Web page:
Parts of eight provinces remained under heat warnings Tuesday, during what is traditionally one of the hottest times of the year.

Environment Canada said above-average temperatures were expected to continue in sections of all provinces except Ontario and Manitoba.

Manitoba was expected to see its own significant heat as the week progressed, while Ontario had just come through a series of heat warnings that lasted through the Civic Holiday weekend.

Paramedics in Ottawa reported seeing an increase in calls for heat-related illnesses over the weekend.

They offered a number of tips for anyone looking to cool themselves down, including the use of cold packs and water.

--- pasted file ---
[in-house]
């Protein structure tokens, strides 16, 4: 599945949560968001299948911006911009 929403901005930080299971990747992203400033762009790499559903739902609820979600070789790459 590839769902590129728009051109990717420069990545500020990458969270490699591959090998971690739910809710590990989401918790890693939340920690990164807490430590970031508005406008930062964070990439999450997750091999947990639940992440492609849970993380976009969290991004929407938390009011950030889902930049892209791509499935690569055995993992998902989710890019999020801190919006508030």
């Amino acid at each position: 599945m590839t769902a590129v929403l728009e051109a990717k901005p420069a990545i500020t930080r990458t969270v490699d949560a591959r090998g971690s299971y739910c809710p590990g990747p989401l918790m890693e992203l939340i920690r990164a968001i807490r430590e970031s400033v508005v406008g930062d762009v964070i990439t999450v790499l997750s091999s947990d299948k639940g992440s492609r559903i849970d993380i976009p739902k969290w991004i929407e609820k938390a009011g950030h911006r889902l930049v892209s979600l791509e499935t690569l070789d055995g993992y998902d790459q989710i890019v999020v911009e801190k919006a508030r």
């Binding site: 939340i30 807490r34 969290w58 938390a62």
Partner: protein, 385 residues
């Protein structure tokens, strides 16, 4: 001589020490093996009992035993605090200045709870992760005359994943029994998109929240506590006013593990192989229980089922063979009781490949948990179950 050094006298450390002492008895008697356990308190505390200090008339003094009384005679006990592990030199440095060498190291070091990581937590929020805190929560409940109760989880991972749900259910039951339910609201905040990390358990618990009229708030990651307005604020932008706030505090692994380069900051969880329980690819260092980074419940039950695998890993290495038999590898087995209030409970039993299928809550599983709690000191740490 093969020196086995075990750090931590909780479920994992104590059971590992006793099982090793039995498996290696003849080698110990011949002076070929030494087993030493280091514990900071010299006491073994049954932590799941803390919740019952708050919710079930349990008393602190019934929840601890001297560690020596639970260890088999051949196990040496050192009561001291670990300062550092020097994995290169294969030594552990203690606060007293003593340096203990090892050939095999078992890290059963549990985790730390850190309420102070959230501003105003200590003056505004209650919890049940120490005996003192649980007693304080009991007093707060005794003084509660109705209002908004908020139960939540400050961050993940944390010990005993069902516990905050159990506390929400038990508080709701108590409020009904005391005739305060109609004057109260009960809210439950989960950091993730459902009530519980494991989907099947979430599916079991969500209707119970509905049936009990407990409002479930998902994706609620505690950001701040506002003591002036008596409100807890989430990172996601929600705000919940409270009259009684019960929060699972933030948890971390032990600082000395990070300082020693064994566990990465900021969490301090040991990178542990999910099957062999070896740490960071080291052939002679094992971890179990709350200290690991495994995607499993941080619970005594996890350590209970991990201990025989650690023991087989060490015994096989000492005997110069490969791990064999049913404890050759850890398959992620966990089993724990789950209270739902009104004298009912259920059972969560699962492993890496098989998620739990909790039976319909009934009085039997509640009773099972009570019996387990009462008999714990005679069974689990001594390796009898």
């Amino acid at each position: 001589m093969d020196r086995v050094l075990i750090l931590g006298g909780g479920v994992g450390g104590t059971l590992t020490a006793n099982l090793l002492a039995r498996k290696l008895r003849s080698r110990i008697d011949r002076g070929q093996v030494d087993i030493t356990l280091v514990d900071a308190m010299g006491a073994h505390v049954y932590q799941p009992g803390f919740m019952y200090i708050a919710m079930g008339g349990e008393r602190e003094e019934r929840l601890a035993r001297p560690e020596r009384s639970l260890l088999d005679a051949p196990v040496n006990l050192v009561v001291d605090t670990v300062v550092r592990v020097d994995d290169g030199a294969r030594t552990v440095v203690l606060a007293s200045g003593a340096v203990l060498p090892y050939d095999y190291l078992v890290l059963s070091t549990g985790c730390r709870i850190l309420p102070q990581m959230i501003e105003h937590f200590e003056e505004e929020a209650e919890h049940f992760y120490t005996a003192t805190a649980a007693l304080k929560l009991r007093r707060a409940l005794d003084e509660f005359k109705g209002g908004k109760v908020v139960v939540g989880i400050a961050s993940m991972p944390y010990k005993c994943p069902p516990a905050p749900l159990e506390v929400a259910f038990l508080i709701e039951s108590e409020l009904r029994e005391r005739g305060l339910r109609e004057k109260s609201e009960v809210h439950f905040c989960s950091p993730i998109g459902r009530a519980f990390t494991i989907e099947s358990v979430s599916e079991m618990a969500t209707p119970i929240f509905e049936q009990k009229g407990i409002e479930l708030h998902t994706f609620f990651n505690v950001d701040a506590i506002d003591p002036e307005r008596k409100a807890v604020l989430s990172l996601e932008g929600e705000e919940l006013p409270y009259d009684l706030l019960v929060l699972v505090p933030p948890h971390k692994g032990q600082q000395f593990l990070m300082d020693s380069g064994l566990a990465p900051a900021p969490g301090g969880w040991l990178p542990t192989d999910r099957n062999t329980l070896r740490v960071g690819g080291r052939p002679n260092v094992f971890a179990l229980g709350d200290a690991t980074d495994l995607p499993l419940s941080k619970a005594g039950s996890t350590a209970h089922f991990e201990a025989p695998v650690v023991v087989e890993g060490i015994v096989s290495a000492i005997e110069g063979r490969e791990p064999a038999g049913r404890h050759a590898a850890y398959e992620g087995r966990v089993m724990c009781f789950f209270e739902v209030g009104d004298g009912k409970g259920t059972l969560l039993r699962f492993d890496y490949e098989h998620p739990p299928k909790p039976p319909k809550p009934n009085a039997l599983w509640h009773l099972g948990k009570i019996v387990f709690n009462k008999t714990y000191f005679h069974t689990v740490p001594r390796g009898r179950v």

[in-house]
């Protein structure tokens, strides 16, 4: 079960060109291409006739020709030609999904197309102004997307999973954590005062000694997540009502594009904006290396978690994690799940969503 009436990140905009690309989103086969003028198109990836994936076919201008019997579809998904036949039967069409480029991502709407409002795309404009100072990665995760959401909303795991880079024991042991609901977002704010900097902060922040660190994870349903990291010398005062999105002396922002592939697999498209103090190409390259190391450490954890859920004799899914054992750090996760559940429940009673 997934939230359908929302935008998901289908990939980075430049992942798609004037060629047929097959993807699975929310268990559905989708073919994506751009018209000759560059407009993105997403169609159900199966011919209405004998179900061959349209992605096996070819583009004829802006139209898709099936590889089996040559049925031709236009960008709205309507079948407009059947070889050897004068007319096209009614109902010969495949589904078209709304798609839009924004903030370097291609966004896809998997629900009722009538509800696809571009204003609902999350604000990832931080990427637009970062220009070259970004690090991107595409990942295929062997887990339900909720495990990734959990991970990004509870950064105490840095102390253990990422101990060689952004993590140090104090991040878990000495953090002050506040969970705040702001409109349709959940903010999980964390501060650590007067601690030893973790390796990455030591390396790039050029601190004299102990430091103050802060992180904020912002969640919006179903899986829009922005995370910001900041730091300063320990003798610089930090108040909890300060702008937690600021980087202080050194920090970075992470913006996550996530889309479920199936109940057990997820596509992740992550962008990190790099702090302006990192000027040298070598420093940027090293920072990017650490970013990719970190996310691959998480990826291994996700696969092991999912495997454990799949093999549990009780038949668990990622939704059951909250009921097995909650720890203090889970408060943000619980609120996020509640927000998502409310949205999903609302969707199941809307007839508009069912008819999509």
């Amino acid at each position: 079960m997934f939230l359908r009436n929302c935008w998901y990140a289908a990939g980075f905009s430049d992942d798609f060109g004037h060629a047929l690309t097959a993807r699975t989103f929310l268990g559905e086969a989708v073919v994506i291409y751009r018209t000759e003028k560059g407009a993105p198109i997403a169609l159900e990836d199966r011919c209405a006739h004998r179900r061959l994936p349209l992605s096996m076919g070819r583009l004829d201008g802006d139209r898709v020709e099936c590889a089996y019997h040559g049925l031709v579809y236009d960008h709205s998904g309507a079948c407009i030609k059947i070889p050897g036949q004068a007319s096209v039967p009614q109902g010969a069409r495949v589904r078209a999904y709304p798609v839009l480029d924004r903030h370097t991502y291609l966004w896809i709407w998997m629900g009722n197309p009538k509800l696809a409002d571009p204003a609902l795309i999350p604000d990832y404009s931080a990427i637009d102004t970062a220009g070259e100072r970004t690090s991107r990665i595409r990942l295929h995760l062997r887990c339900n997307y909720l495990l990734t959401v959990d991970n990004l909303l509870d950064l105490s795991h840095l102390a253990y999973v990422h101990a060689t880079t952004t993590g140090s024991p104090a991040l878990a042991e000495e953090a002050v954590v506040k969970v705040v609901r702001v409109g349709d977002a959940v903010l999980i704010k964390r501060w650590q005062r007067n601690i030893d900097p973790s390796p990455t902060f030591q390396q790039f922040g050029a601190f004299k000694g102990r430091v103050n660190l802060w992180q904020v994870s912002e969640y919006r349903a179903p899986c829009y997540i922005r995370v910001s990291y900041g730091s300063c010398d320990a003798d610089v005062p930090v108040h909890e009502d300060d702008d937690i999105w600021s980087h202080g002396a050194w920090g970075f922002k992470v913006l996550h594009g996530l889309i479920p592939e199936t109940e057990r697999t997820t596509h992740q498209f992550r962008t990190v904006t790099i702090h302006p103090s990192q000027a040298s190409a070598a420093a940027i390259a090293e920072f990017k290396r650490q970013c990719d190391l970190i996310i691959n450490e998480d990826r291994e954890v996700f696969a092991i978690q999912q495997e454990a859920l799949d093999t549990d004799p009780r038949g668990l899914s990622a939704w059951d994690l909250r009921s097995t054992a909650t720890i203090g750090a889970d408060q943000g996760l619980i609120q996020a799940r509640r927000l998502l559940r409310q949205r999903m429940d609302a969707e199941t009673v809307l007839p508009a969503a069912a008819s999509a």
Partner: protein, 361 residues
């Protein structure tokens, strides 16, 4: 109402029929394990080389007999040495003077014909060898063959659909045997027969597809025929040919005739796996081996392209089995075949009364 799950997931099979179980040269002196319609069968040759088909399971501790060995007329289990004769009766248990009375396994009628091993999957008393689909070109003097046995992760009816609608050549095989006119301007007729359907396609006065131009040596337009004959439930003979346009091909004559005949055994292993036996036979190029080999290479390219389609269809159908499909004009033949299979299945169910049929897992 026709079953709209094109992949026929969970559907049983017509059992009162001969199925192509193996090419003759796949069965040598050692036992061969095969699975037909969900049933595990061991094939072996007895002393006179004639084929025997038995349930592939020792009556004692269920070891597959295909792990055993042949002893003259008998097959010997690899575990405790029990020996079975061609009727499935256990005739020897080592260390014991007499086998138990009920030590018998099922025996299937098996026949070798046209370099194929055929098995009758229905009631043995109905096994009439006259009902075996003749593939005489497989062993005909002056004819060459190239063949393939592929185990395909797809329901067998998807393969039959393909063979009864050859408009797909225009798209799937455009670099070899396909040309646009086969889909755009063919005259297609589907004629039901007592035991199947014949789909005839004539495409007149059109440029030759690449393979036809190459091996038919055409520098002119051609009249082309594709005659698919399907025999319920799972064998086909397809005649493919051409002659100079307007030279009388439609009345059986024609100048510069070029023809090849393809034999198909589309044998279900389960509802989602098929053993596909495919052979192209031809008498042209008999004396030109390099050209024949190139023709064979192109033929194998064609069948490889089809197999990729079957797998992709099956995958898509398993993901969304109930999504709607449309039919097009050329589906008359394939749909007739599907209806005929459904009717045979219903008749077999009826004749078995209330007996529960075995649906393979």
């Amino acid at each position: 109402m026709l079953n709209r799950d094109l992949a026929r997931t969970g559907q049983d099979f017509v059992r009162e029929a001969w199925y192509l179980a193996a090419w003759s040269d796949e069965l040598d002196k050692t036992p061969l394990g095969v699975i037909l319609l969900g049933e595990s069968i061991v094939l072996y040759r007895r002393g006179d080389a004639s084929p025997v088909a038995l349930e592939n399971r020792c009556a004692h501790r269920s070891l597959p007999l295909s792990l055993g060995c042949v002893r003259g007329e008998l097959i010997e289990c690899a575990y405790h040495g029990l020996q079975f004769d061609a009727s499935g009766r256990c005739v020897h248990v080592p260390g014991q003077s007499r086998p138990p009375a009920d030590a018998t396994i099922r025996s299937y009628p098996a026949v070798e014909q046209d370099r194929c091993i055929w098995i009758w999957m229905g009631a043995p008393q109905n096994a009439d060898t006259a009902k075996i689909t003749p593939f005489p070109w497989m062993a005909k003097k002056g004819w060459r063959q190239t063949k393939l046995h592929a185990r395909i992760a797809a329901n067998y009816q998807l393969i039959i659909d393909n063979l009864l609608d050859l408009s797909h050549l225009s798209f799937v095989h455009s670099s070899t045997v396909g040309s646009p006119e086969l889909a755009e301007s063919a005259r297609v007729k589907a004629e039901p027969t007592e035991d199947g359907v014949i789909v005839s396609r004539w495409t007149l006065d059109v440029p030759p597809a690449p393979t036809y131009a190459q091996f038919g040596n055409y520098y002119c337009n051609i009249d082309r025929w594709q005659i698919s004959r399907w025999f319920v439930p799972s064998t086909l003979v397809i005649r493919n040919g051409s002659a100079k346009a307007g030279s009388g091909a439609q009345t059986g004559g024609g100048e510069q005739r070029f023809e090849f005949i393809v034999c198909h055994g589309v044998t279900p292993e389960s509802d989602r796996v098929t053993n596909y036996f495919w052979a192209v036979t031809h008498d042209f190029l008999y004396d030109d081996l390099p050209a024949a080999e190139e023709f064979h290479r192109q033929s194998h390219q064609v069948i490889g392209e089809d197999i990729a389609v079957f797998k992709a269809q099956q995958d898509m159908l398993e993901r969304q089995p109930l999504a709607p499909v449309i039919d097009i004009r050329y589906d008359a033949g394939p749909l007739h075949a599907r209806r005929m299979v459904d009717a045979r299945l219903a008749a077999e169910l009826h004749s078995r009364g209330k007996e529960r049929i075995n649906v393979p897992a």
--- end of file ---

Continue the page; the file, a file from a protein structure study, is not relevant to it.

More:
“Just getting your feet or your hands into some cold water will quickly cool down your body,” said paramedic superintendent Darryl Wilton.

Other advice included taking a cool shower or bath, staying in the shade and out of the sun, and spending time in air-conditioned places.

Health Canada offers further advice for keeping body temperatures down during heat waves, including drinking water and other liquids to stay hydrated, even for people who do not feel thirsty.

The agency says people looking to stay cool should also dress in light-coloured, loose-fitting clothes, avoid the use of ovens and reschedule outdoor activities planned for times of extreme heat.

People who fail to take precautions against hot weather could be at risk for dehydration, heat exhaustion, heat stroke and other diseases. Seniors, children and pregnant women are considered particularly vulnerable.

Heat can also exacerbate pre-existing illnesses and conditions. Heath authorities recommend that people watch out for friends, relatives and neighbours who may be at risk during hot periods.

With reports from CTV Ottawa's Megan Shaw and CTV Atlantic's Kyle Moore